A stocky, bearded man jumped from the first jeep. His gun flopped around his neck as he stomped toward us in heavy black boots, caked with clay. Rich rolled down his window and, under his breath, said, “Get ready, Cin. You’re on.”

I squirmed in my seat, my tick bites suddenly prickling, my mind suddenly blank. Brian shot me a quick glance. Shit. As designated Spanish-speaker, I had to explain to this guy what we were doing there.

He reached the car. His dark blue shirt and trousers were stained and ragged. He could have been a soldier or bandito—his weapon was formidable.

Gesturing with his gun, the man barked a few indistinguishable words. Rich cracked his door, leaning to get out. With a shout and a shove of one elbow, the man slammed the door. The other arm held the gun steady, pointed toward the open window. Right at my husband’s head.

“Wait!” I shrieked, desperately rolling down my window. The gun barrel swung toward the back seat. I couldn’t see the top of the man’s head, only a couple of yellow-stained teeth as two black, cracked lips curled into a sneer.

I pointed to my binoculars. “We are birdwatchers. We mean no harm,” I said to the gun, except I said it in English, and in that loud, halting voice people use when they think the other person doesn’t understand or can’t hear them. Or both.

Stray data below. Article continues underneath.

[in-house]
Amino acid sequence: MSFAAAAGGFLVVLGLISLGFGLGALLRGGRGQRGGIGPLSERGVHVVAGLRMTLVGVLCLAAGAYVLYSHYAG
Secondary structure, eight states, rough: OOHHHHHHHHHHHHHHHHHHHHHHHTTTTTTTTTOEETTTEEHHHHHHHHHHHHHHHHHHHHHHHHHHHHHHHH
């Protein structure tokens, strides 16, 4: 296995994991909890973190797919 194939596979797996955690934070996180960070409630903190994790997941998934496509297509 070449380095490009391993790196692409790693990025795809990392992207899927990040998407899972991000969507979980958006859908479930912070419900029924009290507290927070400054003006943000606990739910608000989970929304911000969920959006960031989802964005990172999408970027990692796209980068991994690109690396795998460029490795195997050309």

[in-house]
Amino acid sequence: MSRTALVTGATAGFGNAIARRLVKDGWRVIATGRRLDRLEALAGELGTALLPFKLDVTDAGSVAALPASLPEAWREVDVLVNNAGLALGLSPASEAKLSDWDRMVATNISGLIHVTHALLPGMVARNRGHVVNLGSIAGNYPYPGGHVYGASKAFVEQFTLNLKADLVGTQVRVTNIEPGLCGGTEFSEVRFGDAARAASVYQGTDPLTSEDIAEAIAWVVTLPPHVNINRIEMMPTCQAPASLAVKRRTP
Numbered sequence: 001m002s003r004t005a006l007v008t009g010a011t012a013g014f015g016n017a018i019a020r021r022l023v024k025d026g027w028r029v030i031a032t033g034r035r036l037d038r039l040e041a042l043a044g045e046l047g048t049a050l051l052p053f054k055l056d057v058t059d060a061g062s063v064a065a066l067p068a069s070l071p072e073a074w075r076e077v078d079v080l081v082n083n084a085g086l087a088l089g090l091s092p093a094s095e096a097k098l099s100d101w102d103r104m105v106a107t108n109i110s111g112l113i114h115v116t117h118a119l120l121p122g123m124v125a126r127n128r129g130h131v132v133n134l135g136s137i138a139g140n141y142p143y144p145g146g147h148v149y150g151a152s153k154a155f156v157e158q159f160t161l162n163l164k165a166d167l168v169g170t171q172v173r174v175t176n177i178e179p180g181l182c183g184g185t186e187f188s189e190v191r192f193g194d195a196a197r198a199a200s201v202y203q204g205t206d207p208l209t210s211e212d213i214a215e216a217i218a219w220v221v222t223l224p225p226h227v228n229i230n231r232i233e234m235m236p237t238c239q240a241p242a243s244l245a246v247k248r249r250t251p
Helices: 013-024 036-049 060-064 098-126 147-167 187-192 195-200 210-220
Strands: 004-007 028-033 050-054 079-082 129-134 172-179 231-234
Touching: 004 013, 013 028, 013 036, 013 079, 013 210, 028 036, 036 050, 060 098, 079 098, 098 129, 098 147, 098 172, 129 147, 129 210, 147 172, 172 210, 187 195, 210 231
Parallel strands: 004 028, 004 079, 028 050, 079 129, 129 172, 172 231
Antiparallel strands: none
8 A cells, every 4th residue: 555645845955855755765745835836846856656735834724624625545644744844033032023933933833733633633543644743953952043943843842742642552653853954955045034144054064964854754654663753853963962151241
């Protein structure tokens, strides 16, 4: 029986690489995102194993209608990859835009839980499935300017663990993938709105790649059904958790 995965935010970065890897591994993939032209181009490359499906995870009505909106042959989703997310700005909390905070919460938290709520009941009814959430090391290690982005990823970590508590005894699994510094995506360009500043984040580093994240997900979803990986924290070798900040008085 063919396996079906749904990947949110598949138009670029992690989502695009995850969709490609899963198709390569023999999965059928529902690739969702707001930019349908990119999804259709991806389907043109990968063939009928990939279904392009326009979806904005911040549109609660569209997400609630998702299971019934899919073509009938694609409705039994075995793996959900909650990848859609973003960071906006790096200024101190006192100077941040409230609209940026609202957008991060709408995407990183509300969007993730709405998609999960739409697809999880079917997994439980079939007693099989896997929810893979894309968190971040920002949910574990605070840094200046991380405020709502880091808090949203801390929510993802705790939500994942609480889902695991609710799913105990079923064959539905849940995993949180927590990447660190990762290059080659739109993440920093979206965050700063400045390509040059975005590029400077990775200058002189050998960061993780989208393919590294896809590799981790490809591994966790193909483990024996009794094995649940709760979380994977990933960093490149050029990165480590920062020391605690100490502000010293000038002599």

Silence. I felt the cold sting of a tear on my cheek.

“Come on, Cin, say something!” Rich whispered.

Aves,” I blurted out, finally remembering the word for bird. I cocked my head toward his face. “Aves,” I repeated.

The man glared. Squinted. Sized us up. Then slowly backed away. The moment hung in the air, no one breathing.

He swung the gun right to left, low across his chest. “He wants you to go,” Bob whispered. The man swung the gun again.

“Okay,” Rich muttered, “here goes.”

He shoved the gearshift into drive and slowly inched forward. No reaction.

We inched again. The man continued to scowl.

We eased through the narrow gap between the ditch and the flatbed. Past the men lined up along the long sideboard. Their dark eyes trained on us, their guns followed the movement of our car. Some were just kids, waiting to shoot. At the back end of the truck Rich paused.

“Drive like hell!” yelled Bob.

And we did. Down the hill, slumped in our seats, terrified the desperados might decide to pursue. Even Rich hunkered down, trying at the same time to keep the car from spinning out on the gravel turns. All the way to the bottom of the hill we skidded, until Rich pulled to the side of the road and turned off the engine.